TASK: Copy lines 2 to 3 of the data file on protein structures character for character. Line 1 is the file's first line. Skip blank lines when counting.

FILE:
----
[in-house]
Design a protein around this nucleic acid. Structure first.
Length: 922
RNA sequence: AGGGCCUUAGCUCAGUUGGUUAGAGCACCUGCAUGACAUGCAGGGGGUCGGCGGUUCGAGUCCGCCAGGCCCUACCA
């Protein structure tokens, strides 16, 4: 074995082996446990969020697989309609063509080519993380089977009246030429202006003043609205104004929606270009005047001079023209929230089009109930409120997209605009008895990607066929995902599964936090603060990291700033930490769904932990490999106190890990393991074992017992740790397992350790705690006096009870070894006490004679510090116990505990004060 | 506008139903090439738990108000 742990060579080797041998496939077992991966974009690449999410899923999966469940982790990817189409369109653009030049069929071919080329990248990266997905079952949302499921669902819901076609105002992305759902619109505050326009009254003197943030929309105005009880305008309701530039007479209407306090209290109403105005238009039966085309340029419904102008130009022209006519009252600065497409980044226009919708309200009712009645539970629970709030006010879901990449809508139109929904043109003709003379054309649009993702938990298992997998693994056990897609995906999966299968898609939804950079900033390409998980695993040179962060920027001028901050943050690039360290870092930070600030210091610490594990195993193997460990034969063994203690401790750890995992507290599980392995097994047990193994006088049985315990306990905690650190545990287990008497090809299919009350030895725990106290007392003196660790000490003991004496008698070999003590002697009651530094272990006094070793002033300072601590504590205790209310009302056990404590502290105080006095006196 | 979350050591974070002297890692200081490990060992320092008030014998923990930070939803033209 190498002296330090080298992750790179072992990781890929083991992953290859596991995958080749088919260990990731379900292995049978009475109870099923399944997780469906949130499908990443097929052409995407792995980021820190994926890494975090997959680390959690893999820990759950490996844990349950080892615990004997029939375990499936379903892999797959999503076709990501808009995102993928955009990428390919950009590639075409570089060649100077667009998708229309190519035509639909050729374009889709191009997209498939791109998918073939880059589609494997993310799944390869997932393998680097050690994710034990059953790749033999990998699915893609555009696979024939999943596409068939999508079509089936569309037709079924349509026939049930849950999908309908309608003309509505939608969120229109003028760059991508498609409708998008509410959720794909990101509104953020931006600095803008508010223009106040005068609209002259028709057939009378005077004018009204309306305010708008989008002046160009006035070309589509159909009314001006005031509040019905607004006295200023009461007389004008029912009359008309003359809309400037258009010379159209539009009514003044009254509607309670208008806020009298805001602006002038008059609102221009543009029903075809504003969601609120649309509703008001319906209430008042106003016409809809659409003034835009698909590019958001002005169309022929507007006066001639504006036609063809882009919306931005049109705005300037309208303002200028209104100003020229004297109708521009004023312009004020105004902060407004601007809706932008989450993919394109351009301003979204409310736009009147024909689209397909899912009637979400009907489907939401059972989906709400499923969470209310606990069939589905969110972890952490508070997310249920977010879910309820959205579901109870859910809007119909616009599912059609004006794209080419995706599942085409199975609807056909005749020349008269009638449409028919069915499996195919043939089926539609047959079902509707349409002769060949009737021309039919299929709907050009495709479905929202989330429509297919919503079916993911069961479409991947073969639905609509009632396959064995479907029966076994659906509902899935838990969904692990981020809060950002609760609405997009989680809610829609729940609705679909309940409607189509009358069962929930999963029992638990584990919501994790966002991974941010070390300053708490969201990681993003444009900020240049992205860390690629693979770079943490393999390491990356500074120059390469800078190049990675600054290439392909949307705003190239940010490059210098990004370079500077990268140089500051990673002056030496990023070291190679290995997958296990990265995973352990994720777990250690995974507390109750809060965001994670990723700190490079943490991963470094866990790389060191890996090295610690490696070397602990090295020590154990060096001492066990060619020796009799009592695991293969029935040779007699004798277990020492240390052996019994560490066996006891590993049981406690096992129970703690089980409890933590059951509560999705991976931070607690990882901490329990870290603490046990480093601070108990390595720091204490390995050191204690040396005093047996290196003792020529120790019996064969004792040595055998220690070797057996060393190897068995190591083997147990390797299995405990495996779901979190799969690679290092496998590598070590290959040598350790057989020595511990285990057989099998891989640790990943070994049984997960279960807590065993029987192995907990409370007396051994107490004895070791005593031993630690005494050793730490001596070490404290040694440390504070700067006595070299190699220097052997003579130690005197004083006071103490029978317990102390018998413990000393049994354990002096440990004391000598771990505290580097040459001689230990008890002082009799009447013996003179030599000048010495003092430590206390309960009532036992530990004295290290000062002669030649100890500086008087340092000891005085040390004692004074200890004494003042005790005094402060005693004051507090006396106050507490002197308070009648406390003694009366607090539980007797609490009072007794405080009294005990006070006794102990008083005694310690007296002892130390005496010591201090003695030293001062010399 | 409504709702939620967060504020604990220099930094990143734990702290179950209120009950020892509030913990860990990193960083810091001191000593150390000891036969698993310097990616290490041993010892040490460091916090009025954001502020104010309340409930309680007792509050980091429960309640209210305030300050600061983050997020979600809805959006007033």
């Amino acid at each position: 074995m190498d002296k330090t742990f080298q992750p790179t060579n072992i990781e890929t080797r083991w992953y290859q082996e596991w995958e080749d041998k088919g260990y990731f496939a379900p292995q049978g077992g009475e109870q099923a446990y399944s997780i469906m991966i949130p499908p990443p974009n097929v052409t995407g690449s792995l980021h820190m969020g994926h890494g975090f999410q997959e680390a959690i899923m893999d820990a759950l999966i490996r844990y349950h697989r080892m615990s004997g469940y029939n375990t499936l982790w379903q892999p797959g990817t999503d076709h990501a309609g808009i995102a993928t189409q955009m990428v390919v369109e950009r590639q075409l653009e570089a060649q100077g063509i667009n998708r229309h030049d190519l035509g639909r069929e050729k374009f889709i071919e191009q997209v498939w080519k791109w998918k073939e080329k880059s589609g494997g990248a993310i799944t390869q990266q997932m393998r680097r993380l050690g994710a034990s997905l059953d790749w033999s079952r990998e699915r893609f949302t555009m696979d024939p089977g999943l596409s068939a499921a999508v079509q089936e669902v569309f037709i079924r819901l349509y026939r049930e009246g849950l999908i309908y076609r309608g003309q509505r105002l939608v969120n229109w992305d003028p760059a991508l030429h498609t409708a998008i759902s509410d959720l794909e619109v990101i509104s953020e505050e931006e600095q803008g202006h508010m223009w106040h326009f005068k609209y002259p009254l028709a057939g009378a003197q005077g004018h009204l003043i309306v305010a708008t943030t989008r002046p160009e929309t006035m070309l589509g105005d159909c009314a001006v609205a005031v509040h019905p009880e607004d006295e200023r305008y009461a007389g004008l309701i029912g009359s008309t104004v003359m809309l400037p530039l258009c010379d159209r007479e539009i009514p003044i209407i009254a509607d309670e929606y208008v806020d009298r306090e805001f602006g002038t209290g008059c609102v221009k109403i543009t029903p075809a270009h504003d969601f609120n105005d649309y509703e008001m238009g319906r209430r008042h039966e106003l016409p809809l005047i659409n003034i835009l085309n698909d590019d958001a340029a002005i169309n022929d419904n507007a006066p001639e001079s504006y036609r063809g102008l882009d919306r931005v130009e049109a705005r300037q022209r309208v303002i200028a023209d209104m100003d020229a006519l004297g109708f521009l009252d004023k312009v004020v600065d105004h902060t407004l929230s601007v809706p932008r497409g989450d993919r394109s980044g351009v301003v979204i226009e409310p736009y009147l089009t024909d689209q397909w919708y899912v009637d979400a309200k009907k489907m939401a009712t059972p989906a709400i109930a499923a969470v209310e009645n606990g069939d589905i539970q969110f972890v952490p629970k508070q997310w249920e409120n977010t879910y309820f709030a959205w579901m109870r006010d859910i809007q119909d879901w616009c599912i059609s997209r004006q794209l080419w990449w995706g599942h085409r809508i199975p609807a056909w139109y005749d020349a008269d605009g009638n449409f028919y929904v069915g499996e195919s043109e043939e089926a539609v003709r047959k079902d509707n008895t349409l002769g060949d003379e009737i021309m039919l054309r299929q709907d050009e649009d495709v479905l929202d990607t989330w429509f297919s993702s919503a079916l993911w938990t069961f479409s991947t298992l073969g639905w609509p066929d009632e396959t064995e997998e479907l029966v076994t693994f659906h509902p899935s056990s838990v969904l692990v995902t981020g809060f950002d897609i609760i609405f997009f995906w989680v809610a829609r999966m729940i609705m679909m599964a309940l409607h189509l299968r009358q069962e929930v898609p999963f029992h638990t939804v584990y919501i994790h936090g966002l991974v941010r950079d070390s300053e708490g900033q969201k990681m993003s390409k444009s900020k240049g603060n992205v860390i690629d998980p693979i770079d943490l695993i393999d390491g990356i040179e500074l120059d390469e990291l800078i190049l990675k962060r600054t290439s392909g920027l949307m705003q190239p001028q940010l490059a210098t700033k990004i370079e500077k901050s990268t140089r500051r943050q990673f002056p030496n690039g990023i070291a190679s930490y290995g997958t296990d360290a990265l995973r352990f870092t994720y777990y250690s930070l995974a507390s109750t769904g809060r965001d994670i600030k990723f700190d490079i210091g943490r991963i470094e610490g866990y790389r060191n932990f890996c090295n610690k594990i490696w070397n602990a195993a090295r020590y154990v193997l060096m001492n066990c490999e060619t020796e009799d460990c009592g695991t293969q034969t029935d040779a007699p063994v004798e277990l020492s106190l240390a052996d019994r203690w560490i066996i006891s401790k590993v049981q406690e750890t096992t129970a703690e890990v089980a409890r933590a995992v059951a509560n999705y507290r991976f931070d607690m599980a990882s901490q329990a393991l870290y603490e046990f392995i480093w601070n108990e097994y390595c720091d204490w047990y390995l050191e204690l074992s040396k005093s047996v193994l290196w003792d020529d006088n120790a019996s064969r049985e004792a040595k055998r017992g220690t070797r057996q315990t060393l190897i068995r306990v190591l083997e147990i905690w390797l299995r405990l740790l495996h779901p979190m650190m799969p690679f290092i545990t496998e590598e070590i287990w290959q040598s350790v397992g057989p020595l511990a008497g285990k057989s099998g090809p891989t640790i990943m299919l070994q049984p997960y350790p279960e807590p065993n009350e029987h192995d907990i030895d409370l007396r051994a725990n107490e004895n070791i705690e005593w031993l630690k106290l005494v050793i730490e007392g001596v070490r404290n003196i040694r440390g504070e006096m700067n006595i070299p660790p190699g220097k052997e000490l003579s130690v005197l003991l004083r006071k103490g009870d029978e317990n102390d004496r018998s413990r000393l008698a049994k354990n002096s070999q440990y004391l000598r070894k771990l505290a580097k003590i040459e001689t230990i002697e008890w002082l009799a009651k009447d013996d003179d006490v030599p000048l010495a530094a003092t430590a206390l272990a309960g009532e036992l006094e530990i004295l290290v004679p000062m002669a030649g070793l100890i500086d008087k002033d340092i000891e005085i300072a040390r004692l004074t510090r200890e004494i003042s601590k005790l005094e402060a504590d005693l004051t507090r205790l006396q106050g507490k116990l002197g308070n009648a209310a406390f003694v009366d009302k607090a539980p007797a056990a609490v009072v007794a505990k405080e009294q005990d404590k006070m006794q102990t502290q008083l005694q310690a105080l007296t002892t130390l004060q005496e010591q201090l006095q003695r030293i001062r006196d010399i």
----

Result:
Design a protein around this nucleic acid. Structure first.
Length: 922